Twitter users* say only 36% of the tweets they receive are worth reading, 39% are mediocre at best, and 25% of tweets are not worth reading at all, according to a study by researchers at Carnegie Mellon University, MIT, and Georgia Tech.
The findings are based on a survey of 1,443 Twitter users who rated 43,738 tweets during a 19-day period (Dec. 30, 2010 to Jan. 17, 2011) from the accounts of some 21,014 Twitter users they collectively followed. The research was facilitated by the site "Who Gives a Tweet?"**
Among those surveyed, Twitter content was deemed "not worth reading" for various reasons. Tweets that were part of someone else's conversation, or updates around a current mood or activity, were the most strongly disliked, whereas tweets that included questions to followers, information sharing, and self-promotion (such as links to content the writer had created) were liked more often.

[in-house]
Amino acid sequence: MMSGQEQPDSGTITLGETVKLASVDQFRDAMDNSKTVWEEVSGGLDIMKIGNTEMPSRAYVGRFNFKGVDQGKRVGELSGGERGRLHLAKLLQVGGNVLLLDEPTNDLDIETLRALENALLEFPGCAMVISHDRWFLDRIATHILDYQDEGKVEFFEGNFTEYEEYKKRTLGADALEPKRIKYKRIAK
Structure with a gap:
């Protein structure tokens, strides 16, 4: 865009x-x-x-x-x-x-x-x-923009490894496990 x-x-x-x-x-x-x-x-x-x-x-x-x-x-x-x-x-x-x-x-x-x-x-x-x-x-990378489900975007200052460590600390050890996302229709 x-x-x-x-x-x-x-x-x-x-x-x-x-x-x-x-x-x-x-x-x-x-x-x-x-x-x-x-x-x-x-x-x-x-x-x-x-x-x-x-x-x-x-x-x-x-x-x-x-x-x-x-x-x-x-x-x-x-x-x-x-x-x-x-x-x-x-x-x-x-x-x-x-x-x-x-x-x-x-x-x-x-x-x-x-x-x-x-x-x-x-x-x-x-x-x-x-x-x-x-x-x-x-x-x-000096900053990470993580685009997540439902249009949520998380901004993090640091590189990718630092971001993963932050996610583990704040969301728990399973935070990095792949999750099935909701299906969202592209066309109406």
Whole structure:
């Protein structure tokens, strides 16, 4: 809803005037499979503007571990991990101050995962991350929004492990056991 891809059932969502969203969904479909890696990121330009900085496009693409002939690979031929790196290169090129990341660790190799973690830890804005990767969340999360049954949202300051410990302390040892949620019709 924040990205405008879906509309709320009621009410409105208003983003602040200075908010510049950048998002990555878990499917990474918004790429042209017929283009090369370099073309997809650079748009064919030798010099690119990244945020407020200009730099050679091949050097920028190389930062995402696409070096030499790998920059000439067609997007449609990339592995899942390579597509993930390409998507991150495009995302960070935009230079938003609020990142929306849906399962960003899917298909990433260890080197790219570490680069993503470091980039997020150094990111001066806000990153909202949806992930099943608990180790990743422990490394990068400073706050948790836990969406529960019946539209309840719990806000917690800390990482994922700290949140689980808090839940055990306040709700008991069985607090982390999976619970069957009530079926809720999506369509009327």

Below, additional findings from the study titled "Who Gives a Tweet? Evaluating Microblog Content Value," conducted by Paul André, post-doctoral fellow in Carnegie Mellon's Human-Computer Interaction Institute, with Michael Bernstein and Kurt Luther, doctoral students at MIT and Georgia Tech, respectively.
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